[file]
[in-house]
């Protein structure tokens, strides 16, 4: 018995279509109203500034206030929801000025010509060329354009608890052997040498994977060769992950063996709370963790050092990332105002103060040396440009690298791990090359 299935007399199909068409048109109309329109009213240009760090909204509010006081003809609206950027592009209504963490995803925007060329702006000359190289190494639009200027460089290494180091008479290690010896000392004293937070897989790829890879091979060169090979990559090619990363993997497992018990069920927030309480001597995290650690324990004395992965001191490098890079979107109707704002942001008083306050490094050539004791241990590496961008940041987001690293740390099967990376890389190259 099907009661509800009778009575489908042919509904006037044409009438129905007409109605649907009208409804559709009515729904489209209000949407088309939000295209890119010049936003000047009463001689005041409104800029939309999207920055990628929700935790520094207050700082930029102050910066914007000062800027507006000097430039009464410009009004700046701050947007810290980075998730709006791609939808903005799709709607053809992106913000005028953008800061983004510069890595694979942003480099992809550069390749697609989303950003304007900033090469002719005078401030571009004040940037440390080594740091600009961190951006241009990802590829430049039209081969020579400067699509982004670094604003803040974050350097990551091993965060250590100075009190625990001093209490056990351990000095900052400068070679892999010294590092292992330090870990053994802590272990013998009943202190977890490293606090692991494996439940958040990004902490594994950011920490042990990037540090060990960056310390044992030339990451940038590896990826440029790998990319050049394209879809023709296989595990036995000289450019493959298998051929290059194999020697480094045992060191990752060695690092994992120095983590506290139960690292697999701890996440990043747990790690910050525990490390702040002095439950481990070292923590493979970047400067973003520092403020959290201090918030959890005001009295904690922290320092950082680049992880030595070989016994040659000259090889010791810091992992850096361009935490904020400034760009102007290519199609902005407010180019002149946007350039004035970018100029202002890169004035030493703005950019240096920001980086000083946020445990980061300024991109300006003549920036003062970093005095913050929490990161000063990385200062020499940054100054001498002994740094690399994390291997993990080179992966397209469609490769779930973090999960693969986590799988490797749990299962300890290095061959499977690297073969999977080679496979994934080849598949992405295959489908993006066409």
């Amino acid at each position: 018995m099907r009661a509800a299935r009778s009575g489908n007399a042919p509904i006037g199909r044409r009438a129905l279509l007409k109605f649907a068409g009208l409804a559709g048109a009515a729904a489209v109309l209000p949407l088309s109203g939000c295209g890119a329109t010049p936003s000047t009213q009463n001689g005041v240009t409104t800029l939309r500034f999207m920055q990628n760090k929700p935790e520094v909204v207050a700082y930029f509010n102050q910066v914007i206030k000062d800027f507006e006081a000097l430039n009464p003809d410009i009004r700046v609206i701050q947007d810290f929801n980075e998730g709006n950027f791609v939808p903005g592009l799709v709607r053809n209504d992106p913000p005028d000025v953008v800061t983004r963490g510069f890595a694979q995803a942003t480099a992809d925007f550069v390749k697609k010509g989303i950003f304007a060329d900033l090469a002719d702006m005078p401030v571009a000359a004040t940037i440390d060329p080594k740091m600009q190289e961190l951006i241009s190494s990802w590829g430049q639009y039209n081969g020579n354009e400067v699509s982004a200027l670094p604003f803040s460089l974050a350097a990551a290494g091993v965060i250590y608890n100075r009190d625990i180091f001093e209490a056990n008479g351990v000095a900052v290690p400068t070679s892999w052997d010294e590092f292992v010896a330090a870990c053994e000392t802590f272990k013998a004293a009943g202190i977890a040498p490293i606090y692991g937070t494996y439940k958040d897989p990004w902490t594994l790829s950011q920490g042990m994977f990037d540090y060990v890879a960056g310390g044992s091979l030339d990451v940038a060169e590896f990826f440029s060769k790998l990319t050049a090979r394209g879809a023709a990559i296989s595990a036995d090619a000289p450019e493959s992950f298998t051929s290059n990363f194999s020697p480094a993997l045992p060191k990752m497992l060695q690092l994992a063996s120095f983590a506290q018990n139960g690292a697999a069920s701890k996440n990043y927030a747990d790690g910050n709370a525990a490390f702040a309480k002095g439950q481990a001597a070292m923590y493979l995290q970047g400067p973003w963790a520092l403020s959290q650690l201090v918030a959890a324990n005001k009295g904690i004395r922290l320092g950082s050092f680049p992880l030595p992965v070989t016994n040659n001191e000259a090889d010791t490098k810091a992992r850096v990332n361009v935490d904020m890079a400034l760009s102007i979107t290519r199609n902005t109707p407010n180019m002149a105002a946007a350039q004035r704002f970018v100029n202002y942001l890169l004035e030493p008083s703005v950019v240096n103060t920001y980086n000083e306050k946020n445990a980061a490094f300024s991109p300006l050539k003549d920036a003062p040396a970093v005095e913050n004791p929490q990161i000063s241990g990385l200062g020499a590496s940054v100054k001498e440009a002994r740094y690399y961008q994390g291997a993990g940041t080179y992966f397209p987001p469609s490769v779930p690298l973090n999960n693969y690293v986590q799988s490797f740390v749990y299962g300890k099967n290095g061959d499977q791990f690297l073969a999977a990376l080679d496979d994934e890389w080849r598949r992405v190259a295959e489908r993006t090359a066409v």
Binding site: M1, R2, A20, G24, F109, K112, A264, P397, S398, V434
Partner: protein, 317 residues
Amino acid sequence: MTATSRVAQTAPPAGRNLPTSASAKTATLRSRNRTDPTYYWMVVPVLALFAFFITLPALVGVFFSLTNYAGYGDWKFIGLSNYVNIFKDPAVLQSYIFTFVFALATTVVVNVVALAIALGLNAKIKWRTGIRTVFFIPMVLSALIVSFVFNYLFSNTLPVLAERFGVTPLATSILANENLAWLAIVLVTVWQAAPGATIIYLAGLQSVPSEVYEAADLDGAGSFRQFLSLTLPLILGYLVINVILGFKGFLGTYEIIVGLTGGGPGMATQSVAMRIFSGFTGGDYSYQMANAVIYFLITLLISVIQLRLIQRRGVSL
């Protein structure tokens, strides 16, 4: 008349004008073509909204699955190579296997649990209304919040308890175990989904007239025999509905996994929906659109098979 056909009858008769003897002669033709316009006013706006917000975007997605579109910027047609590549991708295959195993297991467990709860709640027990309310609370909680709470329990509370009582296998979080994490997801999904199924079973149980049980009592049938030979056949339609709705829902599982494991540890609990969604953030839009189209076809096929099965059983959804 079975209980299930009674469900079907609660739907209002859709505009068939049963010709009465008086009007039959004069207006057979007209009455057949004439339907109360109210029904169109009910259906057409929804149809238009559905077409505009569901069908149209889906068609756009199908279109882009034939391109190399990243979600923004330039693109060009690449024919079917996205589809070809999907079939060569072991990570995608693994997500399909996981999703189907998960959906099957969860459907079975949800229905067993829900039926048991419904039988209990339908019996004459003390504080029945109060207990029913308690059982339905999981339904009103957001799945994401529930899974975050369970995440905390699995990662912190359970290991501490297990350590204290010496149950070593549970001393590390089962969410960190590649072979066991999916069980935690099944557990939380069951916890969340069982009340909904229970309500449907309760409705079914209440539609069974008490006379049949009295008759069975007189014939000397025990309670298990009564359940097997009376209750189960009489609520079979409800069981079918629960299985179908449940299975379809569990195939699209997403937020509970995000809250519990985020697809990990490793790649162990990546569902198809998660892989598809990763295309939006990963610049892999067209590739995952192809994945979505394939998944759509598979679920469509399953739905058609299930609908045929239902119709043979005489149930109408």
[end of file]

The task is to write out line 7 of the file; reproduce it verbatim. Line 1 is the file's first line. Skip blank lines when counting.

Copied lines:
């Protein structure tokens, strides 16, 4: 008349004008073509909204699955190579296997649990209304919040308890175990989904007239025999509905996994929906659109098979 056909009858008769003897002669033709316009006013706006917000975007997605579109910027047609590549991708295959195993297991467990709860709640027990309310609370909680709470329990509370009582296998979080994490997801999904199924079973149980049980009592049938030979056949339609709705829902599982494991540890609990969604953030839009189209076809096929099965059983959804 079975209980299930009674469900079907609660739907209002859709505009068939049963010709009465008086009007039959004069207006057979007209009455057949004439339907109360109210029904169109009910259906057409929804149809238009559905077409505009569901069908149209889906068609756009199908279109882009034939391109190399990243979600923004330039693109060009690449024919079917996205589809070809999907079939060569072991990570995608693994997500399909996981999703189907998960959906099957969860459907079975949800229905067993829900039926048991419904039988209990339908019996004459003390504080029945109060207990029913308690059982339905999981339904009103957001799945994401529930899974975050369970995440905390699995990662912190359970290991501490297990350590204290010496149950070593549970001393590390089962969410960190590649072979066991999916069980935690099944557990939380069951916890969340069982009340909904229970309500449907309760409705079914209440539609069974008490006379049949009295008759069975007189014939000397025990309670298990009564359940097997009376209750189960009489609520079979409800069981079918629960299985179908449940299975379809569990195939699209997403937020509970995000809250519990985020697809990990490793790649162990990546569902198809998660892989598809990763295309939006990963610049892999067209590739995952192809994945979505394939998944759509598979679920469509399953739905058609299930609908045929239902119709043979005489149930109408």